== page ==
Tuesday, August 25, 2009

Desert Song

The desert knows no silence;
wind whispers a million legends.
It hears the wails and happiness
of those in the wild, breathing in
the same air, same spaces.
All meet the sky, moon,
rolling hills. Paws leave
impressions in fine soil,
at times scorching from sun,
cooling after rain and cloud cover.

Nature knows no boundaries except
where rain chooses to fall,
forming puddles so plants,
insects, and animals can drink
from the land. So that minerals
sleeping deep in the earth
can grow crystalline structures.
So that cactus leaves can maintain storage
for use during droughts. So life
can see the desert's succulence.
Sand dunes roll into a majestic mountain,
sitting stronger than a fortress,
slowly shifting over hundreds of years.

Every step or crawl on dirt
creates a sound, as wind whips
into a howl, as rain drizzles or pelts,
as a warming touch from the sun's light
kisses shade. Every bark and roar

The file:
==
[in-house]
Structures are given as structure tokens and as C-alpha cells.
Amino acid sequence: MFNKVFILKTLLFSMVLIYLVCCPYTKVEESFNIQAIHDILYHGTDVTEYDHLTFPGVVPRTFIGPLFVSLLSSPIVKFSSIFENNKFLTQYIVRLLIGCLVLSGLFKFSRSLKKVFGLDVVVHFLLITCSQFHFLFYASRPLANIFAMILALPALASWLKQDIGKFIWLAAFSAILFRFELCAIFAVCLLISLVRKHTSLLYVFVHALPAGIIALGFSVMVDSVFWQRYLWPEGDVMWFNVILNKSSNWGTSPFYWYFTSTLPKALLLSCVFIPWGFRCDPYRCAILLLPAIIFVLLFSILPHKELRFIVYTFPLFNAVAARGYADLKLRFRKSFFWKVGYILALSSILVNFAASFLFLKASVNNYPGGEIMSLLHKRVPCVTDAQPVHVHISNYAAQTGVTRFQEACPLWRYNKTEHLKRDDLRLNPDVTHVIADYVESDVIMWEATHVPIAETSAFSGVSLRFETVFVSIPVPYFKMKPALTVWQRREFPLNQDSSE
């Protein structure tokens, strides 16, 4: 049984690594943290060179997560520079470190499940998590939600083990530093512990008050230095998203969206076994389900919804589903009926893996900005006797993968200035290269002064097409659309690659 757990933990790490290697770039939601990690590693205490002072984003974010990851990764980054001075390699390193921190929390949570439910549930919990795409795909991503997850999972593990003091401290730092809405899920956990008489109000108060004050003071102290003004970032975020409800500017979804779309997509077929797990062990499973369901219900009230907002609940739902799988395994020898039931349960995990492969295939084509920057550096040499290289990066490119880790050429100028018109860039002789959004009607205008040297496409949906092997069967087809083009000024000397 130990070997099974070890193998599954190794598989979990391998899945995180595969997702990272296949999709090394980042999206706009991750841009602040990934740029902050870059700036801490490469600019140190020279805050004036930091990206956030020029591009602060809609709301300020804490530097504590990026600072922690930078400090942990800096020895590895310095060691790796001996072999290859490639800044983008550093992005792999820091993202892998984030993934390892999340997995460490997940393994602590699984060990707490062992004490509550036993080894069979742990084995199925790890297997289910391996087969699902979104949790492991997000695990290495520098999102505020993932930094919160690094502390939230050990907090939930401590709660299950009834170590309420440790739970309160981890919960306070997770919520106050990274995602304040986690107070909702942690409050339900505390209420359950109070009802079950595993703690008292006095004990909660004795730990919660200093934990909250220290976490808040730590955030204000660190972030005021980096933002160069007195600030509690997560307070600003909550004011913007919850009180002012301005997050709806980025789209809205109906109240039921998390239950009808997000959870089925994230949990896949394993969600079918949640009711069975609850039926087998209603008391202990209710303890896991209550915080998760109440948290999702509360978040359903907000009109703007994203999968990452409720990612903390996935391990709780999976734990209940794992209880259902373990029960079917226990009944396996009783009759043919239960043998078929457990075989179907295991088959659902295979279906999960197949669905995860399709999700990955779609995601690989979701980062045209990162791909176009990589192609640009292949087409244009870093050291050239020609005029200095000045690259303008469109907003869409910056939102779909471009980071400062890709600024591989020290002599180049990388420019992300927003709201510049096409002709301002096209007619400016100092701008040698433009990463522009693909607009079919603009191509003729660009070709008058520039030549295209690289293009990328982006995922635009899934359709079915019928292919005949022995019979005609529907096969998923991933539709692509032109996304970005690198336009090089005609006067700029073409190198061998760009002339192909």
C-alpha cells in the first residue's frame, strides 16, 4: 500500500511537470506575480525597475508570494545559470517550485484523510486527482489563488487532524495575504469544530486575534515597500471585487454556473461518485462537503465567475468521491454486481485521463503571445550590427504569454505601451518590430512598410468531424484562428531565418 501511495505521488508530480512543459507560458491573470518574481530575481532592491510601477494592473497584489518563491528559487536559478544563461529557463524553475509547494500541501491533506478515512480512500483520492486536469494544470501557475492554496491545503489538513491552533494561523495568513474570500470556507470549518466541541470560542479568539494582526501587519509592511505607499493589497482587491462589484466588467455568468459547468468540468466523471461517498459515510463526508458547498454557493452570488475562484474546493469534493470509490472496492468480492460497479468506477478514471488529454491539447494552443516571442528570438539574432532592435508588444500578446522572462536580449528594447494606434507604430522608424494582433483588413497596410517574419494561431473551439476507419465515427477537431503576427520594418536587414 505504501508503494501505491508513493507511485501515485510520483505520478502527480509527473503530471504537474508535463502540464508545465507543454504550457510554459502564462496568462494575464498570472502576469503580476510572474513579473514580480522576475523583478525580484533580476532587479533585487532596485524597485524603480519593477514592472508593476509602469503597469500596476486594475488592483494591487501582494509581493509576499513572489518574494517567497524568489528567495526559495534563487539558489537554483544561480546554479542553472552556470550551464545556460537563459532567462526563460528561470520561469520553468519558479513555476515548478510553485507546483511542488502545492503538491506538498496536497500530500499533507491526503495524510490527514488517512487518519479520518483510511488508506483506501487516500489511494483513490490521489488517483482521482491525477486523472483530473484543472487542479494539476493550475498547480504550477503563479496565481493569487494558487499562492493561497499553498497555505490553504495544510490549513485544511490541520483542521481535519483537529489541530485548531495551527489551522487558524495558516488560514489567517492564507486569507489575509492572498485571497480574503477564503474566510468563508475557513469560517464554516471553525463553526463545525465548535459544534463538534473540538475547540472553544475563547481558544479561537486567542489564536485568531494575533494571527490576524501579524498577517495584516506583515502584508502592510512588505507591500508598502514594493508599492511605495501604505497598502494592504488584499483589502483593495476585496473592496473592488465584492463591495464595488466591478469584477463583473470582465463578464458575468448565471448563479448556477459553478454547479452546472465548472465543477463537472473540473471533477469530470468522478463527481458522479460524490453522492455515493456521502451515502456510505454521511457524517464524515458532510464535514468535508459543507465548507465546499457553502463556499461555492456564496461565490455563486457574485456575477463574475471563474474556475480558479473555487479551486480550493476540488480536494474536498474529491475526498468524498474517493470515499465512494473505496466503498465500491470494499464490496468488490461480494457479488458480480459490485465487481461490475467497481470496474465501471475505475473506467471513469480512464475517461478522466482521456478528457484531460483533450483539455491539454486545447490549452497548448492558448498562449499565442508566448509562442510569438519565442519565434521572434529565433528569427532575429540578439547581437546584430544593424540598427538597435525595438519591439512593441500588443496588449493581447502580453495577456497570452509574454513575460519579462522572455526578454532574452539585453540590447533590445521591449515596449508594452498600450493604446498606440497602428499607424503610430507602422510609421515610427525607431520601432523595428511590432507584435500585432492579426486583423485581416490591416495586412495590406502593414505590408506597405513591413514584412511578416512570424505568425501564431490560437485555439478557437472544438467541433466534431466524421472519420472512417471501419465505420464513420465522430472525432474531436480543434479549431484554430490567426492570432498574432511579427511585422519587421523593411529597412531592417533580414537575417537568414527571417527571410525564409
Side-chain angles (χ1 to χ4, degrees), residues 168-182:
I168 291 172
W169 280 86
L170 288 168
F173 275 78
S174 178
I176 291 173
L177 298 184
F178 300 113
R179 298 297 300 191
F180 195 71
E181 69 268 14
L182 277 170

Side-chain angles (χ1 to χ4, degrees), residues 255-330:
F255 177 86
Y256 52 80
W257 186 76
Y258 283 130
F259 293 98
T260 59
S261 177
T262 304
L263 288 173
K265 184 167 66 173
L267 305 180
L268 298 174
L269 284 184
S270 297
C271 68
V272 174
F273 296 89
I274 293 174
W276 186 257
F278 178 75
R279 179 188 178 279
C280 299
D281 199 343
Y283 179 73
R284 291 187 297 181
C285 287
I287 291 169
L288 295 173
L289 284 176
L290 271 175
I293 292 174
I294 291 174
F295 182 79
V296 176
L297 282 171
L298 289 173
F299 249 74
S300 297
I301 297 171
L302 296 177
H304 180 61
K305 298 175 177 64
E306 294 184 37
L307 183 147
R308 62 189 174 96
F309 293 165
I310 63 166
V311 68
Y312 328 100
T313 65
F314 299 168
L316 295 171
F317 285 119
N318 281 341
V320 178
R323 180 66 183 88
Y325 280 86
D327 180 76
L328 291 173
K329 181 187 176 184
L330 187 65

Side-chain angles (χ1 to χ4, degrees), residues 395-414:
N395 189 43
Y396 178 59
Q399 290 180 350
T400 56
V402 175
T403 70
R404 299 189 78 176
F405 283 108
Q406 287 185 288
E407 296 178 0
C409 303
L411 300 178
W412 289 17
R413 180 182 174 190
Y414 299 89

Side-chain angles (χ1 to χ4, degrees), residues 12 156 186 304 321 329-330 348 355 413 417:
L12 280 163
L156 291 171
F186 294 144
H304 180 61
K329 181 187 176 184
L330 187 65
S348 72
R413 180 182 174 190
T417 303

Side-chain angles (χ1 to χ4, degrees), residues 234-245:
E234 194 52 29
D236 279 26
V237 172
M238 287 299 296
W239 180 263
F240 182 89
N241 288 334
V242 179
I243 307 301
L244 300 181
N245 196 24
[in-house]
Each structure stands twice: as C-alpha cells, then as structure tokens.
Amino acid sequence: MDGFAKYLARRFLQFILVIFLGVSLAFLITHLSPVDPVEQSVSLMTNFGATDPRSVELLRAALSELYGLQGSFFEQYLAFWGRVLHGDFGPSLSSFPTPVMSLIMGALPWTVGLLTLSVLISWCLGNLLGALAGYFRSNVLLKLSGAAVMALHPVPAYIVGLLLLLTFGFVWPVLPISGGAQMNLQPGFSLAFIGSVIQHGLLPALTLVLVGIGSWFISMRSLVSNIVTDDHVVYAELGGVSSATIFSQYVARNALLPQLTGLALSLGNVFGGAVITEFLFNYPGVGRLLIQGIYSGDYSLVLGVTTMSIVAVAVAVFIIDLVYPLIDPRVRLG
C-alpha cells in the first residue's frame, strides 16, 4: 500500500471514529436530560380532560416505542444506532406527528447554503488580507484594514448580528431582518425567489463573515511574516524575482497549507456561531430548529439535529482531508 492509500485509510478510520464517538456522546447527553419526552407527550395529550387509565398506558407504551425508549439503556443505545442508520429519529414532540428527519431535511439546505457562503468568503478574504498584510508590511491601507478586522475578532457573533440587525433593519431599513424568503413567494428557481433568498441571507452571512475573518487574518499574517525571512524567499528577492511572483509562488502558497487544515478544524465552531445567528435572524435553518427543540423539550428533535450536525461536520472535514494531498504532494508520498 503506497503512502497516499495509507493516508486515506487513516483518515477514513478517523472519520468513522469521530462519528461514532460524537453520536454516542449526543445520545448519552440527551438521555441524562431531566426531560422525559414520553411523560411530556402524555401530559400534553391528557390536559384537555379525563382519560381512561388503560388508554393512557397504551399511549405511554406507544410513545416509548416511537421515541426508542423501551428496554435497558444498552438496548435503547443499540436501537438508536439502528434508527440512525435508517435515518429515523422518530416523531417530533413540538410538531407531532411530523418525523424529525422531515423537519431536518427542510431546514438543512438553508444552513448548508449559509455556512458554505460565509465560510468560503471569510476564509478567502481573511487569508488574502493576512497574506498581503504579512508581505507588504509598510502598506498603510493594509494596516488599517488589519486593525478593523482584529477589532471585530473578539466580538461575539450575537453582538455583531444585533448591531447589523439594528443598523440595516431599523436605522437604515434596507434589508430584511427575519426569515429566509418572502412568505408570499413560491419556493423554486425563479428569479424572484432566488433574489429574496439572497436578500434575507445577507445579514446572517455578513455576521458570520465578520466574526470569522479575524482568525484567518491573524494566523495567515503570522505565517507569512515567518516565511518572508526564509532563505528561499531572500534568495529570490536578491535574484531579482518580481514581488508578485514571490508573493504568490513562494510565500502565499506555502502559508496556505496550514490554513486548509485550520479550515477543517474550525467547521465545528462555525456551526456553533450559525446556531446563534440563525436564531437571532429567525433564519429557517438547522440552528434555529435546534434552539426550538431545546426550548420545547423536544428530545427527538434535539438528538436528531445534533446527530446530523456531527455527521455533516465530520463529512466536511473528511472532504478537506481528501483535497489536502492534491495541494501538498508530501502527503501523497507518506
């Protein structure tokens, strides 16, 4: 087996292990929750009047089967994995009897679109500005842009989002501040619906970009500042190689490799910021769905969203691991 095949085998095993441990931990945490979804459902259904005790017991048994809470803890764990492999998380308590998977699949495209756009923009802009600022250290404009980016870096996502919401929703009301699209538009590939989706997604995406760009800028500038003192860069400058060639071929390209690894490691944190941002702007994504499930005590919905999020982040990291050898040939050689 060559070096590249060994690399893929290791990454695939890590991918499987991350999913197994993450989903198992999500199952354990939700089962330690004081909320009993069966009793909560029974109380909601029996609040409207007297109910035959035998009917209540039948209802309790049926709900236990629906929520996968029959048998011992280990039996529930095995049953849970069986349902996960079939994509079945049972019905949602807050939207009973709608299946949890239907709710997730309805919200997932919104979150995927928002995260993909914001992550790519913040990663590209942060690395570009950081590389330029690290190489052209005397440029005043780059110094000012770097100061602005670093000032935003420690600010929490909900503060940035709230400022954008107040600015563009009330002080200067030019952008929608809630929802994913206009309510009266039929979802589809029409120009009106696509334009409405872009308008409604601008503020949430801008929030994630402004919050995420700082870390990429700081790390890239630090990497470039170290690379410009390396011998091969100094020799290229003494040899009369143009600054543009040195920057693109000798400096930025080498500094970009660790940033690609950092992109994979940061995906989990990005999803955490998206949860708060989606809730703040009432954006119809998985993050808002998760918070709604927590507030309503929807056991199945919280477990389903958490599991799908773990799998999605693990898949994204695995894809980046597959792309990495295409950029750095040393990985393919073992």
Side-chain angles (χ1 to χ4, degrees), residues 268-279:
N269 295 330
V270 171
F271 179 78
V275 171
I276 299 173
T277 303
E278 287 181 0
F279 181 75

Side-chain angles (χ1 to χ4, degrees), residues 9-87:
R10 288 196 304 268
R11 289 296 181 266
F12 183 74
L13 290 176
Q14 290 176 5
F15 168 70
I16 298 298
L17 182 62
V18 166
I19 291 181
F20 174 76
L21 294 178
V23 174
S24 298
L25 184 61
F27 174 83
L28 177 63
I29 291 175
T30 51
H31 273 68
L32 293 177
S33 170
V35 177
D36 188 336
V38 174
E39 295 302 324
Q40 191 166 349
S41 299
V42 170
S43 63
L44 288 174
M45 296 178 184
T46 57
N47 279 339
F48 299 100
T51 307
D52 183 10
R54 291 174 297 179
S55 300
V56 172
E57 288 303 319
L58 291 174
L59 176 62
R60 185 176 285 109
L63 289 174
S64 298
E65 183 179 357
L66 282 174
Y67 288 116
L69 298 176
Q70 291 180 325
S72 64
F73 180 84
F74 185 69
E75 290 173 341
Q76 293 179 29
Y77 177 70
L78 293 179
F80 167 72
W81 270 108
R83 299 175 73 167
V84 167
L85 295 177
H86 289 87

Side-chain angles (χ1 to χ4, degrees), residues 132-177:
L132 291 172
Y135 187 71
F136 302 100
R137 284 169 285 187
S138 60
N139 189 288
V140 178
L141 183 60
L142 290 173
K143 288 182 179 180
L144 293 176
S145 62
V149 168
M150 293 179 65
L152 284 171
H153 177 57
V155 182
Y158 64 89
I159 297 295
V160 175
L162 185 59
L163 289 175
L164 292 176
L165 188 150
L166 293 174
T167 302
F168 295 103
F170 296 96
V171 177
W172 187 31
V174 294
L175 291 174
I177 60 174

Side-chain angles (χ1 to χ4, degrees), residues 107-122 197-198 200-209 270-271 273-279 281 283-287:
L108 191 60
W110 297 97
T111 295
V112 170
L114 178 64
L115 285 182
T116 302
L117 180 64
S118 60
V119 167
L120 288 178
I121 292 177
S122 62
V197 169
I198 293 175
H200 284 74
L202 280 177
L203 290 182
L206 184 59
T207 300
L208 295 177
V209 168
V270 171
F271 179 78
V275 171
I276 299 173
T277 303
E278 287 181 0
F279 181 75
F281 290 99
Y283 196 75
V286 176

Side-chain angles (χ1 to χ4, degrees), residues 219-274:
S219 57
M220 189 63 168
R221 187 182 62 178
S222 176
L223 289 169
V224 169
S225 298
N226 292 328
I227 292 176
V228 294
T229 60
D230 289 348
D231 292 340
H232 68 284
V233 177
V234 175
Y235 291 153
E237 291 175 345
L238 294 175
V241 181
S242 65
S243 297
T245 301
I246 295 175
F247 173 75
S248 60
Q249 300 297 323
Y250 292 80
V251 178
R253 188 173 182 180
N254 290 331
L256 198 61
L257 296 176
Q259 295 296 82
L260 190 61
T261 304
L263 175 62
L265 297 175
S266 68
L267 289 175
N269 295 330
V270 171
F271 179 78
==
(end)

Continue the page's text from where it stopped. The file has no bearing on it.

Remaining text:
from friend or foe, every flapping whir
from bee or hummingbird, even
a quiet landing of moth or butterfly –
a desert will never be silent,
though it seems so from a distance.


"Try the sushi," he said.
Trusted his gleeful

Waiter brought me
an artful plate – a half
dozen or more. Perfect
spacing of well-formed
pieces, rice and raw fish
rolled in seaweed. A thin
luster coating each.
Steam wiggled upward
from their centers,
wafted into my nostrils.
Their smell, non-appetizing.
Stink pursed my lips,
wrinkled my nose, put bile
on defense – at the pit.

Do I cut with a fork?
Eat with my fingers?
Gouge with chopsticks?
I remember the gleam
in his eyes, smile on
his face, saying, "I know
you're going to love this."

Just one teeny, tiny nibble.
Forced myself to swallow.
Eeuw! Coughed it up.
Spit it out. Is he trying
to kill me? What is this –
dead fish that soaked for days
in a cesspool, rolled in dirt,
plopped on my plate?
How could he eat his?
I wanted American food!